Devin Cook, Executive Producer of the MIT Inclusive Innovation Competition
Two years ago, in their groundbreaking book The Second Machine Age, Professor Erik Brynjolfsson, Director, and Andrew McAfee, Co-director, of the MIT Initiative on the Digital Economy, described digital technology’s transformative effect on business, the economy, and society. With productivity, wealth, and profits at historic highs, digital innovation has created unprecedented bounty for a great number of people. However, not all people have shared equally in this prosperity. In economic terms, overall GDP is growing but median incomes since 1999 have actually fallen. While technology has created greater wealth for society and for innovators at an unprecedented pace, changes in our economy are actually leaving many people — especially middle- and base-level earners — worse off.
This is the great economic paradox of our time, yet at the Initiative on the Digital Economy, we know this disparity will not define our future. Rather we are technology optimists, and we believe that the future of work can be better for all. However, we cannot ensure that people will enjoy prosperous working lives, if we just stand by and watch these trends unfold. Thus to celebrate, support, and inspire solutions to this challenge, the MIT IDE launched the Inclusive Innovation Competition (IIC). We will award a total of $1 million in prizes to the world’s most inventive organizations that are enabling more people to fully experience the prosperity of the Second Machine Age.
Lee Ullmann, Director of the MIT Sloan Latin America Office Office of International Programs
Big data is a popular buzz word these days. Companies are told they should harness the vast amount of data produced globally and it will lead to greater profitability and productivity. By using big data, they can reap benefits like producing better products and customization options. That’s all well and good, but it’s contingent on managers understanding how to use and analyze the data. How many can really do that across all industries?
A McKinsey Quarterly report in 2015 found that very few legacy companies have achieved “big impact” through big data. In the study, participants were asked what degree of revenue or cost improvement they had seen through use of big data. The answer was less than 1 percent for the majority of the respondents.
A big problem with big data is that, although everyone talks about it, most people don’t really know what to do to ensure that investing in it is a win-win proposition. To shed light on this issue, MIT Sloan is bringing its deep expertise to a May 26 conference in Bogotá, Colombia called, “Big Data: Shaping the Future of Latin America.” The presenters include faculty from across the MIT campus as well as the Department of National Planning in Colombia. With examples from their own research, they will share new and innovative ways to use big data to achieve specific goals.
If you are like a lot of people, your New Year’s Resolution list includes one or more ventures that you’ve been stalling on. Likely you’ve postponed working on this item due to some lack of clarity or perhaps you fear that you haven’t the proper passion for the topic or sector or a compelling vision to start a business. Indeed, how many times have you heard this advice given to people thinking of starting a company: “You’ve got to be passionate about it. You gotta love what you do.” But guess what?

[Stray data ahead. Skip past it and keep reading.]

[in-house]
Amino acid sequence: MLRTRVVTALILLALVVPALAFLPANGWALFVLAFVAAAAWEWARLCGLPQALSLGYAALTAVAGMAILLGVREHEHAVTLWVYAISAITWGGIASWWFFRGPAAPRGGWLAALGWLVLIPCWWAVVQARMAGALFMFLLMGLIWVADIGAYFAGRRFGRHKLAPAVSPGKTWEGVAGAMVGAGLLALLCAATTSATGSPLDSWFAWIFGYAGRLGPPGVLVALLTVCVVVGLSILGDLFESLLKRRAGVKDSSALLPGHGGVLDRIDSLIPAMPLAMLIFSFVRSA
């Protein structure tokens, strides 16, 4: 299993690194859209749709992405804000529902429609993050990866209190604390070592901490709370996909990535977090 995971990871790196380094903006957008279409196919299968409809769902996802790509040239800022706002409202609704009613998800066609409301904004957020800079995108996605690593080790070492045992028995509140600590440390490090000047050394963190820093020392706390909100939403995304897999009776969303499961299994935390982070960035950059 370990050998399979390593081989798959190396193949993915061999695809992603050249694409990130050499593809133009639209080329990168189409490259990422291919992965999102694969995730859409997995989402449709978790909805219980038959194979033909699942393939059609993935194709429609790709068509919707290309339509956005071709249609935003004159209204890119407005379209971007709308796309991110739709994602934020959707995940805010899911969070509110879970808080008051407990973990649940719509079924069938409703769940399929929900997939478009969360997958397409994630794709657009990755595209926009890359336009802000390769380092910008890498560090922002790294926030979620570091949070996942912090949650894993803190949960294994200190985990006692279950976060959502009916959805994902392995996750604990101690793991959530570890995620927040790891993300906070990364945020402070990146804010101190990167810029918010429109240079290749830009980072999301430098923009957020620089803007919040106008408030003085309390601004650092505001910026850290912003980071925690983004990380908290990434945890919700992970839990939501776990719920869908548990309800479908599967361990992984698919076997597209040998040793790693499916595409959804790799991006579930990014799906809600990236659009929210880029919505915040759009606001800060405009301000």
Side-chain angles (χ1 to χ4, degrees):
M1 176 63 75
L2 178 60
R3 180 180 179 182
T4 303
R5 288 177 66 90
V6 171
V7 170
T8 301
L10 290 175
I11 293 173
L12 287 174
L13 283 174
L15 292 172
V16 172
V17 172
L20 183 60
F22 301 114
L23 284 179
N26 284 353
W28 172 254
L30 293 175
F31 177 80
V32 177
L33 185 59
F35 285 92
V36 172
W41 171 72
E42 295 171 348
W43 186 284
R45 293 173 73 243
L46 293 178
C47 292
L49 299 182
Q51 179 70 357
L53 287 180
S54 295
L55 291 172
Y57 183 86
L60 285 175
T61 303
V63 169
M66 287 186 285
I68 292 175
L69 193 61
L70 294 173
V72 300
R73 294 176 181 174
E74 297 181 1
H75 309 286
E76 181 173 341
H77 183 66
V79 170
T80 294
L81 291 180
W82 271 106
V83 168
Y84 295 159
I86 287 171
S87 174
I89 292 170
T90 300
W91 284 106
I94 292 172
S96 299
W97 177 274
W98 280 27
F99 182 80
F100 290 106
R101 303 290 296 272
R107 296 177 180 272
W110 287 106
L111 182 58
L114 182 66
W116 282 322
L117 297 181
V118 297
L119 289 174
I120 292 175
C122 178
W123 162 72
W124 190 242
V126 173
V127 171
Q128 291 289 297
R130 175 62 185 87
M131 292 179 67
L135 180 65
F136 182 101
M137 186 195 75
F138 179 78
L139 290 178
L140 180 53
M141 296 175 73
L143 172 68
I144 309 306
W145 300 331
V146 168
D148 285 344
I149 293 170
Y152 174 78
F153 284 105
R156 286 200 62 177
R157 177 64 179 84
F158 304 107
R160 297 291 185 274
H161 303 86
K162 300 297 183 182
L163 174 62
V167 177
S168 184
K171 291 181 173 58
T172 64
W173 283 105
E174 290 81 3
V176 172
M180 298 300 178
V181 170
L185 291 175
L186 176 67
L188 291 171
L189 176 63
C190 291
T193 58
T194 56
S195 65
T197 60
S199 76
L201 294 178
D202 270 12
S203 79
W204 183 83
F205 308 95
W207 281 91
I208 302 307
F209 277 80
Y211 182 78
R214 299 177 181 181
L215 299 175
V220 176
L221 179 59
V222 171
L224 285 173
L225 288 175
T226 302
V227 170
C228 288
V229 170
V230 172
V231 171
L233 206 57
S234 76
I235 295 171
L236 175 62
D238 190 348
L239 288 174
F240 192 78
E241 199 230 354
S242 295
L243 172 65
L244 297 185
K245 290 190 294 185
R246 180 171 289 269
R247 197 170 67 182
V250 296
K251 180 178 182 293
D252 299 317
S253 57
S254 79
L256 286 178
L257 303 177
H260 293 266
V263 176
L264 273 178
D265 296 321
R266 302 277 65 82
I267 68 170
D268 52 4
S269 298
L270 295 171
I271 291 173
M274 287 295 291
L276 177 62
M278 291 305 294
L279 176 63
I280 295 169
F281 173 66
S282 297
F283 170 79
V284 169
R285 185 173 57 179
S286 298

The acceleration of technology has led to remarkable benefits for business and the economy – but what about people earning middle- and base-level incomes?
Join MIT Sloan Experts’ (@mitsloanexperts) #FutureofWork Twitter chat with Erik Brynjolfsson (@erikbryn), director of the MIT Initiative on the Digital Economy, as he discusses how digital innovations can create a more inclusive, productive and sustainable future for all. Tim O’Reilly (@timoreilly), founder and CEO of O’Reilly Media, will host the chat and ask Erik questions that will help guide the conversation.
The chat will take place on Wednesday, April 13, from 7 p.m. to 8 p.m. EST.
How do you get involved? It’s simple! If you have a question or a response to one of Tim O’Reilly’s questions, just include “#FutureofWork” in your tweet.
The #FutureofWork Twitter chat will promote registration for the MIT Inclusive Innovation Competition, open from March 1 – June 1, 2016, which celebrates organizations that create economic opportunity in the digital era.
What will it take to get more young women interested in pursuing an MBA? At a time when the dearth of women leaders in corporate America, government, and beyond dominates the national dialogue, it’s a pertinent question.
Women have outnumbered men on college campuses since the 1980s. They’re a majority in most masters degree programs and they comprise roughly half of all law and medical school students.
Nevertheless, business schools are starting to make progress. This year’s incoming class at MIT Sloan, for instance, has a greater percentage of women than ever before. Of the 402 students in the MBA class of 2017, 41% are female. Our peer schools have recently posted similar numbers.